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Life and Work with Cara Cassibry

Today we’d like to introduce you to Cara Cassibry.

Cara, can you briefly walk us through your story – how you started and how you got to where you are today.
I have always had a passion for hair, starting with back in the day when I was 17 and bleaching all of my friend’s hair in the bathroom sinks, mind you, this was BEFORE Cosmo school and before I had any idea what I was really doing. Let’s just say I’m MUCH better at hair now! 😉

Cosmo school was 1,600 long hours, but that also included so many fun moments with friends that I will never forget. State board was perhaps the most stressful day of my life; passing that, is something I am very proud of. “Assisting” is how I got my first real start, and something I very much recommend to any beginning hairstylist, I learned SO much. From there, it was a lot of practice and waiting to build up my clientele. I practiced new techniques on friends and would try to master them before offering them in the salon. I used social media to showcase my work and had a referral program which I offered to my clients. It definitely took time, but hard work pays off. I started off in a very large salon, but after 4 years decided to make the switch to something smaller, quieter and homier. I have loved both salons, just different vibes. I rent a booth and make my own schedule, which is perfect for me because I have 2 kids.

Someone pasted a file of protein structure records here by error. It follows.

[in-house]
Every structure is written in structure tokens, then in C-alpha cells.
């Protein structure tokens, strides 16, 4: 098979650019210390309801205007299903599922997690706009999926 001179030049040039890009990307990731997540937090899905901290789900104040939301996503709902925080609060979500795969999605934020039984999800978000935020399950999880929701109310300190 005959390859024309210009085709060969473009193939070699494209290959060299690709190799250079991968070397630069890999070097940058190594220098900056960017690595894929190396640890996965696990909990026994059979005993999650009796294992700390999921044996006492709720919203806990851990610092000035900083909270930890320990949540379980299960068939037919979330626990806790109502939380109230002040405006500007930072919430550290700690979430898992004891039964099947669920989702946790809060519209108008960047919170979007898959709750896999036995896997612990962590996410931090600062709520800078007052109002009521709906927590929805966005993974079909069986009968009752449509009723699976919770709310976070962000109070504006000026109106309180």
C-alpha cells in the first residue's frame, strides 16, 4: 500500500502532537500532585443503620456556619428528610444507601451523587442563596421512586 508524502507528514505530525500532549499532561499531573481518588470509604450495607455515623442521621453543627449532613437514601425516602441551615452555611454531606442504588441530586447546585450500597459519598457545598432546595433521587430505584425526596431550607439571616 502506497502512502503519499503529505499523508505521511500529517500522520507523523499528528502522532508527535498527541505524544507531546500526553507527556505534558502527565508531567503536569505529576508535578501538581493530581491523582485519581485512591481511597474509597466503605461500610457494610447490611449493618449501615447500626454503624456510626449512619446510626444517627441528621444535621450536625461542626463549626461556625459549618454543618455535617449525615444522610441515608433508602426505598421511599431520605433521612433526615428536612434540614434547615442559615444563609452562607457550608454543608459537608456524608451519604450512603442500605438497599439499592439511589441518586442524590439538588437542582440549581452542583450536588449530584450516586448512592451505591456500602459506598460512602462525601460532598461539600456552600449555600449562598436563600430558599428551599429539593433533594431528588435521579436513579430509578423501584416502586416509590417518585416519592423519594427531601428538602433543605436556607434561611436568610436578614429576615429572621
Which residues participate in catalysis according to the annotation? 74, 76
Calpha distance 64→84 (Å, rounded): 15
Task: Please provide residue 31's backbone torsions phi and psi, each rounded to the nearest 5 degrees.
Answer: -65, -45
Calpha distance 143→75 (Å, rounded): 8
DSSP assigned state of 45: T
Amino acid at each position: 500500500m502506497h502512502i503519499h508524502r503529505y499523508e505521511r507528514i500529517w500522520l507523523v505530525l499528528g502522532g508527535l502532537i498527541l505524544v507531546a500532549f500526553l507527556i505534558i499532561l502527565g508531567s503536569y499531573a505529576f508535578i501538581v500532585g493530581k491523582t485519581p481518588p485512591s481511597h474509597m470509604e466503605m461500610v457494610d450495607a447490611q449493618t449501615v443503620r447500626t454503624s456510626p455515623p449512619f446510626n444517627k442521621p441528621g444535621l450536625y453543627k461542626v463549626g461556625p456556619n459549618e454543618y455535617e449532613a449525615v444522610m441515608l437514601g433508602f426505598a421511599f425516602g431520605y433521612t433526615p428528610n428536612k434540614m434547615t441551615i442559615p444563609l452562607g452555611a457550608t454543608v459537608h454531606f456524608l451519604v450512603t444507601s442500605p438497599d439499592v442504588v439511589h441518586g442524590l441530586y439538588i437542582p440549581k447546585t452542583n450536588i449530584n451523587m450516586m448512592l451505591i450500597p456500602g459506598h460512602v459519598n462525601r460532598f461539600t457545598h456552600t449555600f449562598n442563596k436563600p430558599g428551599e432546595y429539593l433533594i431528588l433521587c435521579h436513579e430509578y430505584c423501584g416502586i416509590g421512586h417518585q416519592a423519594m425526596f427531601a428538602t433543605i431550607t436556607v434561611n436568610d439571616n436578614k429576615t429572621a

Has it been a smooth road?
I would highly recommend “assistant-ing” or shadowing a hairstylist you admire when you first start out. Consultation is key. Make sure you and your client are on the same page. Have them save pictures on their phone of their “Hair Goals.”

Use Instagram and YouTube as learning tools. There are tons of videos, and now they even “live Instagram stories,” where you can actually see amazing hair-artists as they work. Als,o a great way to learn about new products and techniques. Don’t ever stop learning. Keep up the hair trends.

If you mess up, own it. Fix it for free. If you aren’t happy with your work, spend the extra hour changing it before they leave or have them come back later, free of charge.

There is a ton of competition in the hair industry. Try to compete with who you were yesterday as oppose to competing with everyone else who you think may be better than you on Instagram.

Remember it takes TIME to build a FULL clientele, just remember to promote yourself as much as possible and make sure you have the great work to back you up!

And lastly, doing hair for cheap (or free) when you are trying out something new or not yet confident in, is fine. But don’t get stuck doing it forever, know your worth.

So, as you know, we’re impressed with your business – tell our readers more, for example, what you’re most proud of as a company and what sets you apart from others.
I do color, highlights, hair cutting, extensions, keratin treatments and I specialize in color corrections, balayage and blondes.

Often it feels as if the media, by and large, is only focused on the obstacles faced by women, but we feel it’s important to also look for the opportunities. In your view, are there opportunities that you see that women are particularly well positioned for?
I was talking to my 7-yr. old son earlier about “Women’s Opportunities.” His response? “A girl can do anything a boy can do.” I can’t really say it much better than that.

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Getting in touch: SDVoyager is built on recommendations from the community; it’s how we uncover hidden gems, so if you know someone who deserves recognition please let us know here.

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